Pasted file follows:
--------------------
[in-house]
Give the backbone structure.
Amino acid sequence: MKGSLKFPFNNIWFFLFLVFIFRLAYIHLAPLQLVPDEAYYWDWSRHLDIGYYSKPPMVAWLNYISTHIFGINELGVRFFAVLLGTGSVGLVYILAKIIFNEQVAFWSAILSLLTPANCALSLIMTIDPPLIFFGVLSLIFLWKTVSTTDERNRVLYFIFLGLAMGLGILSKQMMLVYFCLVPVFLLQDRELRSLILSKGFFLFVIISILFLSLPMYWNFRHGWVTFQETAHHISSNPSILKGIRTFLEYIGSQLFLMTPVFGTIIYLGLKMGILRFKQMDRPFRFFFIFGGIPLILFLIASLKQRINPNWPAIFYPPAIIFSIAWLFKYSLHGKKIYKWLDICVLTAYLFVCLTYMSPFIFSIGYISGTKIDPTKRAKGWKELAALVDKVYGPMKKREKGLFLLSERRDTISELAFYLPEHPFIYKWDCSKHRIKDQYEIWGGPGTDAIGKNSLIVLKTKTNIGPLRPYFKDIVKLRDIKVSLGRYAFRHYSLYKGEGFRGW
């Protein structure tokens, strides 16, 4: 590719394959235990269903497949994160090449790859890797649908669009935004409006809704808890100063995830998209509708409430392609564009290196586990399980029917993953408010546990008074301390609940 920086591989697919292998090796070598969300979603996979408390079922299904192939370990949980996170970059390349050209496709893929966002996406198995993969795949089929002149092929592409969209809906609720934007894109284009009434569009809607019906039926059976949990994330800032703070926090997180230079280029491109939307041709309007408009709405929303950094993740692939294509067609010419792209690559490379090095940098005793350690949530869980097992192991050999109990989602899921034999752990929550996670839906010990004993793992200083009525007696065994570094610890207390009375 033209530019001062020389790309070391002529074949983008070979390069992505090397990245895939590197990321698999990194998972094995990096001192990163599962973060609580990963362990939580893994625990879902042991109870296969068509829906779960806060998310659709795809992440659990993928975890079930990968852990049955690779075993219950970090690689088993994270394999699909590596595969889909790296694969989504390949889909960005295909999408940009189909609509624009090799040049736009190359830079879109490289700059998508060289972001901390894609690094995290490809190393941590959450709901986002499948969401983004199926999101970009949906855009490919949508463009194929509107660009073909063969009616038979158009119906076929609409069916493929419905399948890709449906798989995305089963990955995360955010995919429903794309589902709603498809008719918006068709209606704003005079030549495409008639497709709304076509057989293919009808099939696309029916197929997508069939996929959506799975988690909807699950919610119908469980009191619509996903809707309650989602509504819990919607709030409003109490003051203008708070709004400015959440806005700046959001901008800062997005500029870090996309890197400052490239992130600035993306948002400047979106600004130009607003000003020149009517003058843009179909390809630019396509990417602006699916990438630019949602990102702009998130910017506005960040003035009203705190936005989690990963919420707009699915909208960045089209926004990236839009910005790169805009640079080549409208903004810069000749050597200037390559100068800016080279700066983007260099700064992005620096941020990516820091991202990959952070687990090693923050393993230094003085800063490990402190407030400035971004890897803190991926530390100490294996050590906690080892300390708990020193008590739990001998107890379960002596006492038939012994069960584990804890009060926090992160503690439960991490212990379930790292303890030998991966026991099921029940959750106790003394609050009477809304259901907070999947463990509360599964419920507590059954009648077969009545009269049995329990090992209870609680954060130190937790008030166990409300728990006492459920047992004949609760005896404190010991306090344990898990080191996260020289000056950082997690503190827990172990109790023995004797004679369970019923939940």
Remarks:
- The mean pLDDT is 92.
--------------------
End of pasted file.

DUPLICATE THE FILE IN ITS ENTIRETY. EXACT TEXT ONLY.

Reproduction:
[in-house]
Give the backbone structure.
Amino acid sequence: MKGSLKFPFNNIWFFLFLVFIFRLAYIHLAPLQLVPDEAYYWDWSRHLDIGYYSKPPMVAWLNYISTHIFGINELGVRFFAVLLGTGSVGLVYILAKIIFNEQVAFWSAILSLLTPANCALSLIMTIDPPLIFFGVLSLIFLWKTVSTTDERNRVLYFIFLGLAMGLGILSKQMMLVYFCLVPVFLLQDRELRSLILSKGFFLFVIISILFLSLPMYWNFRHGWVTFQETAHHISSNPSILKGIRTFLEYIGSQLFLMTPVFGTIIYLGLKMGILRFKQMDRPFRFFFIFGGIPLILFLIASLKQRINPNWPAIFYPPAIIFSIAWLFKYSLHGKKIYKWLDICVLTAYLFVCLTYMSPFIFSIGYISGTKIDPTKRAKGWKELAALVDKVYGPMKKREKGLFLLSERRDTISELAFYLPEHPFIYKWDCSKHRIKDQYEIWGGPGTDAIGKNSLIVLKTKTNIGPLRPYFKDIVKLRDIKVSLGRYAFRHYSLYKGEGFRGW
């Protein structure tokens, strides 16, 4: 590719394959235990269903497949994160090449790859890797649908669009935004409006809704808890100063995830998209509708409430392609564009290196586990399980029917993953408010546990008074301390609940 920086591989697919292998090796070598969300979603996979408390079922299904192939370990949980996170970059390349050209496709893929966002996406198995993969795949089929002149092929592409969209809906609720934007894109284009009434569009809607019906039926059976949990994330800032703070926090997180230079280029491109939307041709309007408009709405929303950094993740692939294509067609010419792209690559490379090095940098005793350690949530869980097992192991050999109990989602899921034999752990929550996670839906010990004993793992200083009525007696065994570094610890207390009375 033209530019001062020389790309070391002529074949983008070979390069992505090397990245895939590197990321698999990194998972094995990096001192990163599962973060609580990963362990939580893994625990879902042991109870296969068509829906779960806060998310659709795809992440659990993928975890079930990968852990049955690779075993219950970090690689088993994270394999699909590596595969889909790296694969989504390949889909960005295909999408940009189909609509624009090799040049736009190359830079879109490289700059998508060289972001901390894609690094995290490809190393941590959450709901986002499948969401983004199926999101970009949906855009490919949508463009194929509107660009073909063969009616038979158009119906076929609409069916493929419905399948890709449906798989995305089963990955995360955010995919429903794309589902709603498809008719918006068709209606704003005079030549495409008639497709709304076509057989293919009808099939696309029916197929997508069939996929959506799975988690909807699950919610119908469980009191619509996903809707309650989602509504819990919607709030409003109490003051203008708070709004400015959440806005700046959001901008800062997005500029870090996309890197400052490239992130600035993306948002400047979106600004130009607003000003020149009517003058843009179909390809630019396509990417602006699916990438630019949602990102702009998130910017506005960040003035009203705190936005989690990963919420707009699915909208960045089209926004990236839009910005790169805009640079080549409208903004810069000749050597200037390559100068800016080279700066983007260099700064992005620096941020990516820091991202990959952070687990090693923050393993230094003085800063490990402190407030400035971004890897803190991926530390100490294996050590906690080892300390708990020193008590739990001998107890379960002596006492038939012994069960584990804890009060926090992160503690439960991490212990379930790292303890030998991966026991099921029940959750106790003394609050009477809304259901907070999947463990509360599964419920507590059954009648077969009545009269049995329990090992209870609680954060130190937790008030166990409300728990006492459920047992004949609760005896404190010991306090344990898990080191996260020289000056950082997690503190827990172990109790023995004797004679369970019923939940």
Remarks:
- The mean pLDDT is 92.